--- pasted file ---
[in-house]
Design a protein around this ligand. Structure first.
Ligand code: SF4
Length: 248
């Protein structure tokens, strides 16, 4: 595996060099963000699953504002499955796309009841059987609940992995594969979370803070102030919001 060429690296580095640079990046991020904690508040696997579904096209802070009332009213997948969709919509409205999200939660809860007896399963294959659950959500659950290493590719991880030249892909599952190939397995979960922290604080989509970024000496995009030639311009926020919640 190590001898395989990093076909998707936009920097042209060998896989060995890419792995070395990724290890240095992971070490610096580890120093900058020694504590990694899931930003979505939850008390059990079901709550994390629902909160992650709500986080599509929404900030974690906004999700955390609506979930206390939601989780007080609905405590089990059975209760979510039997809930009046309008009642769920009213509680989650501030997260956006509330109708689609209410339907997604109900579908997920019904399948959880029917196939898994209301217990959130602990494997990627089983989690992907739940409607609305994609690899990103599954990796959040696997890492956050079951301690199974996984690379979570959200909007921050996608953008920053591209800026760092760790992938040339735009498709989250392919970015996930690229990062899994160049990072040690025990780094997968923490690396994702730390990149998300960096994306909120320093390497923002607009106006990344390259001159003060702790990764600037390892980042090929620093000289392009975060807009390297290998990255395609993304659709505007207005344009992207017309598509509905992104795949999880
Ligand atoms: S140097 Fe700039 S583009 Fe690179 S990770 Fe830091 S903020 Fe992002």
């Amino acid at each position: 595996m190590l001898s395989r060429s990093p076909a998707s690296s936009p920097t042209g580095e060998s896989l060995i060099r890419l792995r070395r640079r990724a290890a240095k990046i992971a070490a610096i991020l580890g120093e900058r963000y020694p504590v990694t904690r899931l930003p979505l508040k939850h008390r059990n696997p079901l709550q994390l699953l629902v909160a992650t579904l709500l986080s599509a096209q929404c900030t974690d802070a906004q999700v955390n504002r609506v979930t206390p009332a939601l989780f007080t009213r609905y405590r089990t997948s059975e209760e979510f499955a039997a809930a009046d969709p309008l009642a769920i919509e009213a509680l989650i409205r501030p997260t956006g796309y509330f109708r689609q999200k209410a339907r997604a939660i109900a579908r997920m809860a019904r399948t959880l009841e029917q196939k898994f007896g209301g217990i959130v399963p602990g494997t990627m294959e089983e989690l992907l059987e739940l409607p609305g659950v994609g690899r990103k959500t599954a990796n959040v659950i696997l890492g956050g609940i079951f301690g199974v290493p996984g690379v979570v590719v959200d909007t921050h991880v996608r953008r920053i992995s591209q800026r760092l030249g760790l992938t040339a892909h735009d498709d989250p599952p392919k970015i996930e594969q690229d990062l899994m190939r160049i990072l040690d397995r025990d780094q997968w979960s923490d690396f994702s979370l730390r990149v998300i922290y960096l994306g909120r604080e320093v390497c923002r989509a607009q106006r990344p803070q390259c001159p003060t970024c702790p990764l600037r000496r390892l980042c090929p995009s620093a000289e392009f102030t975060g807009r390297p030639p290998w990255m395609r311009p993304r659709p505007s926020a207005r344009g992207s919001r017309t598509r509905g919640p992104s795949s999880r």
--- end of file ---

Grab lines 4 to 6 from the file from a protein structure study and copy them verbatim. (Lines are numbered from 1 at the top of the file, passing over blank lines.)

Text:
Length: 248
């Protein structure tokens, strides 16, 4: 595996060099963000699953504002499955796309009841059987609940992995594969979370803070102030919001 060429690296580095640079990046991020904690508040696997579904096209802070009332009213997948969709919509409205999200939660809860007896399963294959659950959500659950290493590719991880030249892909599952190939397995979960922290604080989509970024000496995009030639311009926020919640 190590001898395989990093076909998707936009920097042209060998896989060995890419792995070395990724290890240095992971070490610096580890120093900058020694504590990694899931930003979505939850008390059990079901709550994390629902909160992650709500986080599509929404900030974690906004999700955390609506979930206390939601989780007080609905405590089990059975209760979510039997809930009046309008009642769920009213509680989650501030997260956006509330109708689609209410339907997604109900579908997920019904399948959880029917196939898994209301217990959130602990494997990627089983989690992907739940409607609305994609690899990103599954990796959040696997890492956050079951301690199974996984690379979570959200909007921050996608953008920053591209800026760092760790992938040339735009498709989250392919970015996930690229990062899994160049990072040690025990780094997968923490690396994702730390990149998300960096994306909120320093390497923002607009106006990344390259001159003060702790990764600037390892980042090929620093000289392009975060807009390297290998990255395609993304659709505007207005344009992207017309598509509905992104795949999880
Ligand atoms: S140097 Fe700039 S583009 Fe690179 S990770 Fe830091 S903020 Fe992002």